BILLINGS, Mont. (AP) — A federal judge demanded that a jailed former billionaire reveal what happened to hundreds of millions of dollars he diverted from a luxury mountain resort, raising the prospect that a decadelong legal saga could be coming to an end.
The order for the first time requires Tim Blixseth to file a complete inventory of assets his legal adversaries have been chasing since 2008, when the Yellowstone Club near Big Sky, Montana, went bankrupt.
It is due Friday, but a Blixseth attorney said he will ask the court for an extension because he has been ill and unable to consult with his client. The financial documents most relevant to the order are in storage in California, so Blixseth will "have to do whatever he can from memory," attorney Phillip John DeFelice said.
Courts have previously ruled that Blixseth fraudulently transferred $286 million for his personal use from a 2005 Credit Suisse loan intended for the club.
The private ski and golf resort, founded by Blixseth and his ex-wife, attracted elite members, including Microsoft co-founder Bill Gates and former Vice President Dan Quayle. It emerged from bankruptcy under new ownership in 2009.
Since the bankruptcy, Montana tax authorities and attorneys for the club's remaining creditors have been pursuing Blixseth's fortune in multiple federal courts. Those efforts so far have had minimal success, despite civil judgments against Blixseth topping $250 million.
He has never been charged with a crime for his financial activities. But for the past year, Blixseth has been behind bars for civil contempt in one of the numerous lawsuits brought by the club's creditors.
Blixseth was jailed after failing to satisfy U.S. District Judge Sam Haddon's inquiries into what happened to just one slice of his fortune — $13 million from a Mexican resort he sold in defiance of a bankruptcy judge.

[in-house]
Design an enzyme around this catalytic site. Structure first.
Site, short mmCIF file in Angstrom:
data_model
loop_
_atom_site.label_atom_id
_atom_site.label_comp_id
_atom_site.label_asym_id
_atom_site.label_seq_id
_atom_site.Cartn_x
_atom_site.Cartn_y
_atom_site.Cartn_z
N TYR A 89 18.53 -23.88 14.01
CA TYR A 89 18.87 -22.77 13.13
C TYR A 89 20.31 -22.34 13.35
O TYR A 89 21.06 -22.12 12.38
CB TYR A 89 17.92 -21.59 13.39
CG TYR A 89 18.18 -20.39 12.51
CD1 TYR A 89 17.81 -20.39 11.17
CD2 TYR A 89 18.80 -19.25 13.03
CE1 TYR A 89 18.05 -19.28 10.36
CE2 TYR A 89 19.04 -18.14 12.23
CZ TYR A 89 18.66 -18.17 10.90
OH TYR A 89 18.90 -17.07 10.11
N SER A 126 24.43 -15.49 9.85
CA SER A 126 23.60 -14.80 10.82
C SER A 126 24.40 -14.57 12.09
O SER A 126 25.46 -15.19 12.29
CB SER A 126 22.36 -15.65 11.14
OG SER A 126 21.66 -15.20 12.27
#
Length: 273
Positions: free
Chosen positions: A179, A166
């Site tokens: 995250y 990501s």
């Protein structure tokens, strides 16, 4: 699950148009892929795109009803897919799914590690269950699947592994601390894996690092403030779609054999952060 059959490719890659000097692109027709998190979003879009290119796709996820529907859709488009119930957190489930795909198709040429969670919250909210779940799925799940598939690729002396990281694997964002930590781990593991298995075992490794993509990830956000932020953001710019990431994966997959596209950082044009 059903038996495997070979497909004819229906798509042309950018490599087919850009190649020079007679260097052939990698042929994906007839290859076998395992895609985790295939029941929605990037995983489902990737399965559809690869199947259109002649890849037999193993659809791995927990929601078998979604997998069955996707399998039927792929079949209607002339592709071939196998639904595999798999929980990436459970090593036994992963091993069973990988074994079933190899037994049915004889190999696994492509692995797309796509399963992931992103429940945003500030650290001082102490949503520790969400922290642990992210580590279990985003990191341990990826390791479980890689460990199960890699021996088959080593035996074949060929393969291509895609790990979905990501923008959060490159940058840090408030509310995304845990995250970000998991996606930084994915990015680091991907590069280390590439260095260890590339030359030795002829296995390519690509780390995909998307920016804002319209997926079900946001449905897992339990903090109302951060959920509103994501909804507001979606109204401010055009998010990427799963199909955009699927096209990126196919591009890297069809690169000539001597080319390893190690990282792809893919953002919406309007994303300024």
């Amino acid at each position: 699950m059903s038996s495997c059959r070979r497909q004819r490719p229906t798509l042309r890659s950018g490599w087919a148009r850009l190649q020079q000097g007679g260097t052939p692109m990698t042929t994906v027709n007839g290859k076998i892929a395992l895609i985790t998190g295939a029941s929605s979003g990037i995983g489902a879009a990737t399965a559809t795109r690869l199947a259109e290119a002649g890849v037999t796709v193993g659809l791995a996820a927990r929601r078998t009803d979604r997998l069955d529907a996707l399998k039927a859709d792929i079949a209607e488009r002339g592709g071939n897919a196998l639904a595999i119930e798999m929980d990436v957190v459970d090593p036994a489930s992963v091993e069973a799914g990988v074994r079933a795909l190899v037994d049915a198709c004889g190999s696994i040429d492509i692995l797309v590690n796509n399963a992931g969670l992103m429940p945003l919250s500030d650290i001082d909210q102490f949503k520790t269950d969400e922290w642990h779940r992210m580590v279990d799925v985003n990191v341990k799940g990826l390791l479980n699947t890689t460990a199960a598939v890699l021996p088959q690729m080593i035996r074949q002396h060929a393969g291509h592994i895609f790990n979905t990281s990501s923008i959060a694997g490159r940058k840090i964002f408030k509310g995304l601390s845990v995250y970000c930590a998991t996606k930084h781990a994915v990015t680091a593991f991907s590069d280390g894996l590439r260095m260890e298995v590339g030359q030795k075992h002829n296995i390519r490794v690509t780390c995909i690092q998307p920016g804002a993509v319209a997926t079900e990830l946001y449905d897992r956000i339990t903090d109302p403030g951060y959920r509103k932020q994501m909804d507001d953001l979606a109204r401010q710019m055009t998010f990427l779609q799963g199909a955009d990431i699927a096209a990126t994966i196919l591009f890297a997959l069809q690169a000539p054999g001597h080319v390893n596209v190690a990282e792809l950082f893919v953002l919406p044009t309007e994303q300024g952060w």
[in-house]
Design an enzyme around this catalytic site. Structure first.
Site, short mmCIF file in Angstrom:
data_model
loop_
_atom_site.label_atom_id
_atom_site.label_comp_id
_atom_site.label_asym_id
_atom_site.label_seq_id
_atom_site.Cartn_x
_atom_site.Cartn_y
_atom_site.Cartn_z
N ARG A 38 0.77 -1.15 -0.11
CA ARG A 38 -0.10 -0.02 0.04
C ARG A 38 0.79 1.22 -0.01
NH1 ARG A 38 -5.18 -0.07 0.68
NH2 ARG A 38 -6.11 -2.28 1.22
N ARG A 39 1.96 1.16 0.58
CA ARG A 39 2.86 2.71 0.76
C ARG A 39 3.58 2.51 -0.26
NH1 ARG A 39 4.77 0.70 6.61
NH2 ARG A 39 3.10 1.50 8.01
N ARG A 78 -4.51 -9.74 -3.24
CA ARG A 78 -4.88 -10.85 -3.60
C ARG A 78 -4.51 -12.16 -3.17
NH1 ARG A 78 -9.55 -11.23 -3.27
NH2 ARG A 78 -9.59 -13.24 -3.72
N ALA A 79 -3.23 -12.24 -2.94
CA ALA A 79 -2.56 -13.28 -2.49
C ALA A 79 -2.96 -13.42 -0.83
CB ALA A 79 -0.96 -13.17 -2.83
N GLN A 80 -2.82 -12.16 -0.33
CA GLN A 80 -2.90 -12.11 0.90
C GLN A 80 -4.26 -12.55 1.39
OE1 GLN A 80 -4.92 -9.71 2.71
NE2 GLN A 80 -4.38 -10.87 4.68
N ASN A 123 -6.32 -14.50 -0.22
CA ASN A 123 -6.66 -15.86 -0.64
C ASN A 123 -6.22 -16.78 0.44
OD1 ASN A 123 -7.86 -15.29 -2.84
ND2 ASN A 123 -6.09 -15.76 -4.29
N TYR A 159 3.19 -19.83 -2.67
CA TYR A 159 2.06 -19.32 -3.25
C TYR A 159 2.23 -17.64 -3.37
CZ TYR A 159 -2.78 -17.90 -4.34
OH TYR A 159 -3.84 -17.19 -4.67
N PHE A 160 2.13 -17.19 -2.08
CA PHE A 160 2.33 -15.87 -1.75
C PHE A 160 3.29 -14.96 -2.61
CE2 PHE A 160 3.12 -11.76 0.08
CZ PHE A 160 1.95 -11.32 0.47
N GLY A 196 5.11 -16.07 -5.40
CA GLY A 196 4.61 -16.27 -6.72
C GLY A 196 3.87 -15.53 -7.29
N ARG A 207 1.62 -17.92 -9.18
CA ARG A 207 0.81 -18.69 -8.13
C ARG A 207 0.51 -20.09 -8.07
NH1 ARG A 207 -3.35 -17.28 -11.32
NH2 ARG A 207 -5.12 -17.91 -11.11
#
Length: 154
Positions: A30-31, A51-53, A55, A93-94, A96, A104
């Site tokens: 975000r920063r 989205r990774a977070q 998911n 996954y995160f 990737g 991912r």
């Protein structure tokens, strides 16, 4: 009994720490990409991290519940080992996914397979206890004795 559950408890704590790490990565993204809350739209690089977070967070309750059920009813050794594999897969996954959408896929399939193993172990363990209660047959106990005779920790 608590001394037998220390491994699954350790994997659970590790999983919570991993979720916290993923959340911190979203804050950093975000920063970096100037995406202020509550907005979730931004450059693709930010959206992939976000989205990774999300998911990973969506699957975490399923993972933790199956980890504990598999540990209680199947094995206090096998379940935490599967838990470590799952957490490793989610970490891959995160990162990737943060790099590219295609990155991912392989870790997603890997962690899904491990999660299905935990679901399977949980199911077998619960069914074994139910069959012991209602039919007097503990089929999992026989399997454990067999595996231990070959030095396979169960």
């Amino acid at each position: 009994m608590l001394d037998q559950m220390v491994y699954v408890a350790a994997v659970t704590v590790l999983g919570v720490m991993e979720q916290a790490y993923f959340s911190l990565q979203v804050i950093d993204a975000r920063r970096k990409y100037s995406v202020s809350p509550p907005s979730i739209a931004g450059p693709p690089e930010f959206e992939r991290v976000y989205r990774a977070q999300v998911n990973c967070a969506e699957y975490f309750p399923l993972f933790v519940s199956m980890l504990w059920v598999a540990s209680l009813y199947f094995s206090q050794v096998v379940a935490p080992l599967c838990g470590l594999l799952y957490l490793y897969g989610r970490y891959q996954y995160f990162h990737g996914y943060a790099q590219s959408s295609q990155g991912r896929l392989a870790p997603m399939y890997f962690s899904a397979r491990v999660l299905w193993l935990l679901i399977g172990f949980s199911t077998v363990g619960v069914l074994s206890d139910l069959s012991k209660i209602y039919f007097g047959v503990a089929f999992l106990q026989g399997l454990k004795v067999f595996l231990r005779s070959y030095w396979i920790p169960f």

His attorneys argue that Blixseth has done his best to cooperate with Haddon's prior orders and should be released. They reached a $3 million settlement with the club's creditors this month that closed the Mexican resort case. But other litigation against Blixseth is still active.
Another Blixseth attorney, Philip Stillman, said his client takes the latest directive from Haddon seriously but views it as a "fairly transparent attempt to have some reason to keep him in jail."
Blixseth originally bought the Mexican resort known as Tamarindo for $40 million. The proceeds from its sale are gone, his attorneys have said, as are the luxury jets, yachts, mansions and other assets of a man whose wealth was once estimated by Forbes magazine at $1.3 billion.
The order from Haddon extends to a financial trust that Blixseth created in the days leading up to the Yellowstone Club's bankruptcy. His legal adversaries have argued for years that the trust was set up to hide Blixseth's assets from creditors.
"If he does what the judge has ordered him to do, that will be a potential treasure trove for everybody to see what Tim Blixseth did with his millions and millions of dollars," said Kevin Barrett, an attorney with Bailey and Glasser, the law firm representing the club's creditors.
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